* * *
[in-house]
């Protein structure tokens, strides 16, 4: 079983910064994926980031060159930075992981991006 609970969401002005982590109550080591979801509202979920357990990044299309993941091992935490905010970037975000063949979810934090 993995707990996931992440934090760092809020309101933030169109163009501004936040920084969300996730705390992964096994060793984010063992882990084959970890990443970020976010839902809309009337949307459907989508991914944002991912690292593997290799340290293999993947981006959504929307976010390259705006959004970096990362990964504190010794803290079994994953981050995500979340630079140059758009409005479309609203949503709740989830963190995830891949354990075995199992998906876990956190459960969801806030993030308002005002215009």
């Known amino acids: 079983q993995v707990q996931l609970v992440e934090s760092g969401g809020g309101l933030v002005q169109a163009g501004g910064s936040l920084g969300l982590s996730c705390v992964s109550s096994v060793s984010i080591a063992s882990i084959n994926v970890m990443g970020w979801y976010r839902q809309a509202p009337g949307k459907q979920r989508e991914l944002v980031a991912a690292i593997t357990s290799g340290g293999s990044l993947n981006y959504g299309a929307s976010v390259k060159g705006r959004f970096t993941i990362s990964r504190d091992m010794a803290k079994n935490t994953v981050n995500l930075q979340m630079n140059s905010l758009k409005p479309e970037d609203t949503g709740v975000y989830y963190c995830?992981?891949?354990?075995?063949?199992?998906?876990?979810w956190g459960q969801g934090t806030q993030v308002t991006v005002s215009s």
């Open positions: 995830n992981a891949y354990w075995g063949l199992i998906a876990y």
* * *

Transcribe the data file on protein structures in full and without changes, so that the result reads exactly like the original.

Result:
[in-house]
């Protein structure tokens, strides 16, 4: 079983910064994926980031060159930075992981991006 609970969401002005982590109550080591979801509202979920357990990044299309993941091992935490905010970037975000063949979810934090 993995707990996931992440934090760092809020309101933030169109163009501004936040920084969300996730705390992964096994060793984010063992882990084959970890990443970020976010839902809309009337949307459907989508991914944002991912690292593997290799340290293999993947981006959504929307976010390259705006959004970096990362990964504190010794803290079994994953981050995500979340630079140059758009409005479309609203949503709740989830963190995830891949354990075995199992998906876990956190459960969801806030993030308002005002215009």
């Known amino acids: 079983q993995v707990q996931l609970v992440e934090s760092g969401g809020g309101l933030v002005q169109a163009g501004g910064s936040l920084g969300l982590s996730c705390v992964s109550s096994v060793s984010i080591a063992s882990i084959n994926v970890m990443g970020w979801y976010r839902q809309a509202p009337g949307k459907q979920r989508e991914l944002v980031a991912a690292i593997t357990s290799g340290g293999s990044l993947n981006y959504g299309a929307s976010v390259k060159g705006r959004f970096t993941i990362s990964r504190d091992m010794a803290k079994n935490t994953v981050n995500l930075q979340m630079n140059s905010l758009k409005p479309e970037d609203t949503g709740v975000y989830y963190c995830?992981?891949?354990?075995?063949?199992?998906?876990?979810w956190g459960q969801g934090t806030q993030v308002t991006v005002s215009s």
């Open positions: 995830n992981a891949y354990w075995g063949l199992i998906a876990y």